Small Scale Gold Mining and Environmental Degradation, in Ghana: Issues of Mining Policy Implementation and Challenges

Kwaku Dwumor Kessey, Benedict Arko

Abstract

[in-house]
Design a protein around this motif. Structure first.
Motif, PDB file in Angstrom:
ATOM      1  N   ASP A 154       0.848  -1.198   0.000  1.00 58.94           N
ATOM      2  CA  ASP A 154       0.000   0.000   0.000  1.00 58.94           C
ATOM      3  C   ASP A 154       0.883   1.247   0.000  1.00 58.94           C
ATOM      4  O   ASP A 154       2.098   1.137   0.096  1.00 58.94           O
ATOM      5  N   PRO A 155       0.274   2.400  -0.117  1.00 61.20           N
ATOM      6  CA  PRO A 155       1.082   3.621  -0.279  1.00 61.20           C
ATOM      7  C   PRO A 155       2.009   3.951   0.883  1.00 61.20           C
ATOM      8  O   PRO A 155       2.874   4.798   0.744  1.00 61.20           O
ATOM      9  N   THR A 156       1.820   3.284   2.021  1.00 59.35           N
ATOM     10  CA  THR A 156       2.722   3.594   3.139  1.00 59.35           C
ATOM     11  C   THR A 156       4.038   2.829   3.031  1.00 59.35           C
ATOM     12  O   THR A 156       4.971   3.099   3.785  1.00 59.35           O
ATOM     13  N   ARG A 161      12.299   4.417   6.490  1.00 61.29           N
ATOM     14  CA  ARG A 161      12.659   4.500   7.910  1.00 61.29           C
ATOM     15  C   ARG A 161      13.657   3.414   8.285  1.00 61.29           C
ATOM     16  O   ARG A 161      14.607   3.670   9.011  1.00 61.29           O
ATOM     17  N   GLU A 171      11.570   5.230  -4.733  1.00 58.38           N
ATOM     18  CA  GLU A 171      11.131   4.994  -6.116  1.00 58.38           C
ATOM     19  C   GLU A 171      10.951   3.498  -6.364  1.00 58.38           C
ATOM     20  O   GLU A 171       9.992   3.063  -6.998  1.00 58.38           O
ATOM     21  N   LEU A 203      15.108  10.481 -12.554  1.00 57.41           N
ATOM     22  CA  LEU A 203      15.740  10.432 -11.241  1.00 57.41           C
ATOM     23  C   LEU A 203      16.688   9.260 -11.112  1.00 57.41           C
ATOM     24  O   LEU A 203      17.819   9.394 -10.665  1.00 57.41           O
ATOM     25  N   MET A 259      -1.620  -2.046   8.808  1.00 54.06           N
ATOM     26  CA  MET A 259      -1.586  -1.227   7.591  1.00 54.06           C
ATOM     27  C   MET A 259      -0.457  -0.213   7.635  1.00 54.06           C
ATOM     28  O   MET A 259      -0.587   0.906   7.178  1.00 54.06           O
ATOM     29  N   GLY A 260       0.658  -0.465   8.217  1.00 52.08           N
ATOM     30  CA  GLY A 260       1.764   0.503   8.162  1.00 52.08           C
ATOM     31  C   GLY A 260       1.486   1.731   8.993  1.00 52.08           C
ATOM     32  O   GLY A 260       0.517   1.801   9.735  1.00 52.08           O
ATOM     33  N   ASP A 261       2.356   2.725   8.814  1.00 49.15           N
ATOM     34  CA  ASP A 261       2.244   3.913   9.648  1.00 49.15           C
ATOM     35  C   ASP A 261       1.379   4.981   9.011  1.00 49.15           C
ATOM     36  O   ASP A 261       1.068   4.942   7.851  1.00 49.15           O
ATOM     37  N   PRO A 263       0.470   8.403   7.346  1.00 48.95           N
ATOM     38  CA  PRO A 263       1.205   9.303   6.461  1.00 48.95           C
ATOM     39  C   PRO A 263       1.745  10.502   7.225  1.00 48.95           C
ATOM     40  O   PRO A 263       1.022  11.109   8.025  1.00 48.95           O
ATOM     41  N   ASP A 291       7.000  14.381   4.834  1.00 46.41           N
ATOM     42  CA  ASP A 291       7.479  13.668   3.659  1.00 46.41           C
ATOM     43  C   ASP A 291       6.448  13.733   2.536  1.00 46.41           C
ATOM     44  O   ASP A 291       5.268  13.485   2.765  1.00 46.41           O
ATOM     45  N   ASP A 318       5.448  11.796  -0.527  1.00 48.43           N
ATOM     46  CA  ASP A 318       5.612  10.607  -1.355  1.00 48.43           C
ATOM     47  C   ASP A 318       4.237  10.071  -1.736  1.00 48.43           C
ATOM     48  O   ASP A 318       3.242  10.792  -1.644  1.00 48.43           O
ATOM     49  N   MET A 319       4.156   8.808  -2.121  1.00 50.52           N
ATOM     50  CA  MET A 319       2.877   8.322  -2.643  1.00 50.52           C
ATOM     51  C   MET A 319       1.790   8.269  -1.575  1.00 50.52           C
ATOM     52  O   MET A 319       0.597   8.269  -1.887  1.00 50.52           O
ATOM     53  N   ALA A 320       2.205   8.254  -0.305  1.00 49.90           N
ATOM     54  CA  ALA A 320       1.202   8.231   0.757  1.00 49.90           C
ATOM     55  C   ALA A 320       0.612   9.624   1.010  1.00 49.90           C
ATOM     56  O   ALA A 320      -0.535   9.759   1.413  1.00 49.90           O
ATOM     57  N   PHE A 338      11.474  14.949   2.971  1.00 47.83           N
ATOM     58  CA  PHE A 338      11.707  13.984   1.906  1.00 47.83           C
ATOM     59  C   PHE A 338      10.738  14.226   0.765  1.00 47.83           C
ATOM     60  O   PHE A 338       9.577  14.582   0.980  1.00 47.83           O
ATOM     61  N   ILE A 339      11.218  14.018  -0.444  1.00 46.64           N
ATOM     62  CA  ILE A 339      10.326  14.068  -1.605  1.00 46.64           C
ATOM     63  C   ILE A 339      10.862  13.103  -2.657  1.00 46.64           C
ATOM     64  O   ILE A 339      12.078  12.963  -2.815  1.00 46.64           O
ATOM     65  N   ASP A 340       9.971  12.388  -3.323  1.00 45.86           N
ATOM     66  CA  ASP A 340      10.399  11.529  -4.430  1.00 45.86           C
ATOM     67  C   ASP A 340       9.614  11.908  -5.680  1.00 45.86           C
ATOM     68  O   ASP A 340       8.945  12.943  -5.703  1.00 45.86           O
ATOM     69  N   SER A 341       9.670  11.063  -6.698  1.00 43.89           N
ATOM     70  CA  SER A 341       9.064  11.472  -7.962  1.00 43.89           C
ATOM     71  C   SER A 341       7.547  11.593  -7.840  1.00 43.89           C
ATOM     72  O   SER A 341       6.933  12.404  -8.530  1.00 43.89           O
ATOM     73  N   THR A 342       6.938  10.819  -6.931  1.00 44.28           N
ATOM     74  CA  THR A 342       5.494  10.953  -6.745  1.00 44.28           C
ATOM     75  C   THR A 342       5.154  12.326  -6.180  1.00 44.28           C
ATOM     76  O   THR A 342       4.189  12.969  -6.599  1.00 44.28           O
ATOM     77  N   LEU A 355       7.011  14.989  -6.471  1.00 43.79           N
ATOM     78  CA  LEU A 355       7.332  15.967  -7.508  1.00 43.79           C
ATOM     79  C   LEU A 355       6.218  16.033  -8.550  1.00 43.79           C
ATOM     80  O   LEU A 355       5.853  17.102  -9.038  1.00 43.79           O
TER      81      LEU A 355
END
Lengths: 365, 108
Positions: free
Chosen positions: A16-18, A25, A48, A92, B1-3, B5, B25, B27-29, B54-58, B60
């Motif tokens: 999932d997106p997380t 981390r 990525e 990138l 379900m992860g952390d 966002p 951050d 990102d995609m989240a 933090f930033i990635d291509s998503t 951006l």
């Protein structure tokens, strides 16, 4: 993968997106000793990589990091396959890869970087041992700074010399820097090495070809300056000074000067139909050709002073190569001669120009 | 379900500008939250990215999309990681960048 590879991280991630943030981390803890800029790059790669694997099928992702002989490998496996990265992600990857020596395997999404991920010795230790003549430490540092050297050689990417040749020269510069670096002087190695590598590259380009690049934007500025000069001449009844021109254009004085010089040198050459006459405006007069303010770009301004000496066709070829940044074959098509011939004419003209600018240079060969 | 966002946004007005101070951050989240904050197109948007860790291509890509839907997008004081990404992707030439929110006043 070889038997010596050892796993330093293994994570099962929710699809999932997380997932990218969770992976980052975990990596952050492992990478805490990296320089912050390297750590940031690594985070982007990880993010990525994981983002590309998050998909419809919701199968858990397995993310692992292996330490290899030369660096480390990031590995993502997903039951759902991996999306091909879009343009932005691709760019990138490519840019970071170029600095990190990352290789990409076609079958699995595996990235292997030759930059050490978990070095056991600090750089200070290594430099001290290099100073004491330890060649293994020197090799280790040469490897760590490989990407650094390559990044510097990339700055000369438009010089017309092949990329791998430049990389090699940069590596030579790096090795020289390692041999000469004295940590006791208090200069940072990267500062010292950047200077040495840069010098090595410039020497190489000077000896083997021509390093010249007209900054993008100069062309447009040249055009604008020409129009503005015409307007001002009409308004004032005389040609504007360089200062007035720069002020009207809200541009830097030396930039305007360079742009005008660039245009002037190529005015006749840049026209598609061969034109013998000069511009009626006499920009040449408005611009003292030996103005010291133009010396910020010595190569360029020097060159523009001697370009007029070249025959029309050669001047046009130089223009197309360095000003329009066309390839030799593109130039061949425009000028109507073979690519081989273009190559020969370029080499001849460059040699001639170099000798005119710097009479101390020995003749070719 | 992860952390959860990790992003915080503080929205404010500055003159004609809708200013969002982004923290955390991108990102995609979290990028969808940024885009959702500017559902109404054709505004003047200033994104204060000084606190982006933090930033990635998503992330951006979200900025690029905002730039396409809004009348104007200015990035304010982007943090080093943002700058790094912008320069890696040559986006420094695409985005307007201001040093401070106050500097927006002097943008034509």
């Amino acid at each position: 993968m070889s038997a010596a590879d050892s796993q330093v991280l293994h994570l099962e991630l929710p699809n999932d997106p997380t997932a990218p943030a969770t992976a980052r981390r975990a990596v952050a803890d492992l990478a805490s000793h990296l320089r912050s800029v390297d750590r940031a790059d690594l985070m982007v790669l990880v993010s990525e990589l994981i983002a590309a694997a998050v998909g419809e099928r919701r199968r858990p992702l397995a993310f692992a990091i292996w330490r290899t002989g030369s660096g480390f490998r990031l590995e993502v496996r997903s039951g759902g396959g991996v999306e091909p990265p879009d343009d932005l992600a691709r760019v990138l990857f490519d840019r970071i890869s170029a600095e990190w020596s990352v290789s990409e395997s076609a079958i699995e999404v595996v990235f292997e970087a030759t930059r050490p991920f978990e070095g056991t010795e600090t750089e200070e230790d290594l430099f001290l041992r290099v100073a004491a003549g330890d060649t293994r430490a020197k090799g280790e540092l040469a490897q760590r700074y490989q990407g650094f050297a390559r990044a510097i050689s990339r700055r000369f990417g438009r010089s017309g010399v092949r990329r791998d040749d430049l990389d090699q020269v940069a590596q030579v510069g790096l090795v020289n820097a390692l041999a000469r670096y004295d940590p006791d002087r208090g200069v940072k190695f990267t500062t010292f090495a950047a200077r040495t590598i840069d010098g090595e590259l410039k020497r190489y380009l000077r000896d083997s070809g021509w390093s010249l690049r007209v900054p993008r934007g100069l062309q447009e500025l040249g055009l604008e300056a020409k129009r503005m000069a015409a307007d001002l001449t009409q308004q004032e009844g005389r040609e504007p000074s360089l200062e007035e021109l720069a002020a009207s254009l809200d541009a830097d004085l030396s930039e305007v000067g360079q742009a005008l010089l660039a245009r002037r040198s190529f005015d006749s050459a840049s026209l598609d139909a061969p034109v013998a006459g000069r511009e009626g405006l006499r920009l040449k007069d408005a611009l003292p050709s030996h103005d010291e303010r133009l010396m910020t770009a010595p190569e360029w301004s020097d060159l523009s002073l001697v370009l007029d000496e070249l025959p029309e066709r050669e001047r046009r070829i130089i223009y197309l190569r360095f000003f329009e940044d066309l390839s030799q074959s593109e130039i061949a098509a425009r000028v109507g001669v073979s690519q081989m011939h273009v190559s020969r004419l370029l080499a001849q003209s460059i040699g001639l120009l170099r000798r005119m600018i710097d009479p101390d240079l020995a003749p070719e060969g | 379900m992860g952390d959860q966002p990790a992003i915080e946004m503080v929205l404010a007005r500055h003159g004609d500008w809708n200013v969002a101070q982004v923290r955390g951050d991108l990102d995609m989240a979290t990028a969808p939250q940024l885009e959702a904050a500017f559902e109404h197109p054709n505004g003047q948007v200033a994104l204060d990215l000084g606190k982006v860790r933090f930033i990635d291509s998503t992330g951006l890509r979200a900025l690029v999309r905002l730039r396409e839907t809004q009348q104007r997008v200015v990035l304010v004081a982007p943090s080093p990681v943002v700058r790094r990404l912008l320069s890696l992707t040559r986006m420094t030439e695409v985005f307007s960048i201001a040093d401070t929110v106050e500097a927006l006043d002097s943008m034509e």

Small scale gold mining in Ghana has a long history. It has existed as far back as the eighth century as a household economic activity. It was legalised recently when the Small Scale Mining Law (PNDCL 218) 1989 was passed and public policies were formulated to support the implementation of the law. From then, the industry has become a major contributor to total quantity of gold produced in Ghana. The industry is a major employer of rural labour force. Despite these contributions, the industry has several negative effects on environment. This study was conducted in the Denkyira area which is located in the northern part of the Central region of Ghana, where there is heavy presence of small scale miners. The Offin river, the main source of water for household chores and other activities, which flows through the area is heavily polluted through the activities of small scale gold miners. Some mining sites have also turned into ‘deserts’ as the vegetation cover in those areas has been removed. Since small scale gold miners do not have resources to properly manage the environment they have ignored that activity. On the other hand, public environmental regulatory bodies have also failed to carry out their statutory functions due to inadequate resources and poor institutional collaboration, among them. The implication of the action of the small scale gold miners’ with respect to poor management of the environment, calls for education for the miners to build collective resource capacity for environmental management. Although, Ghana has several environmental protection laws and policies their implementation, has not been able to address the environmental challenges. Therefore the institution of appropriate strategies to control activities of the miners, especially the illegal small scale gold miners (Galamsay) who are the worst offenders, cannot be overemphasized. Since the Public agencies charged with the responsibility of regulating small scale gold mining are ineffective, the need to search for alternative approaches is crucial. For example, sites where a licensed small scale miner has operated in the past, could be inspected officially, for purposes of environmental management accreditation, before his/her application for renewal of license is considered, that is, if the inspection report is positive, otherwise the application must be put on hold or rejected.

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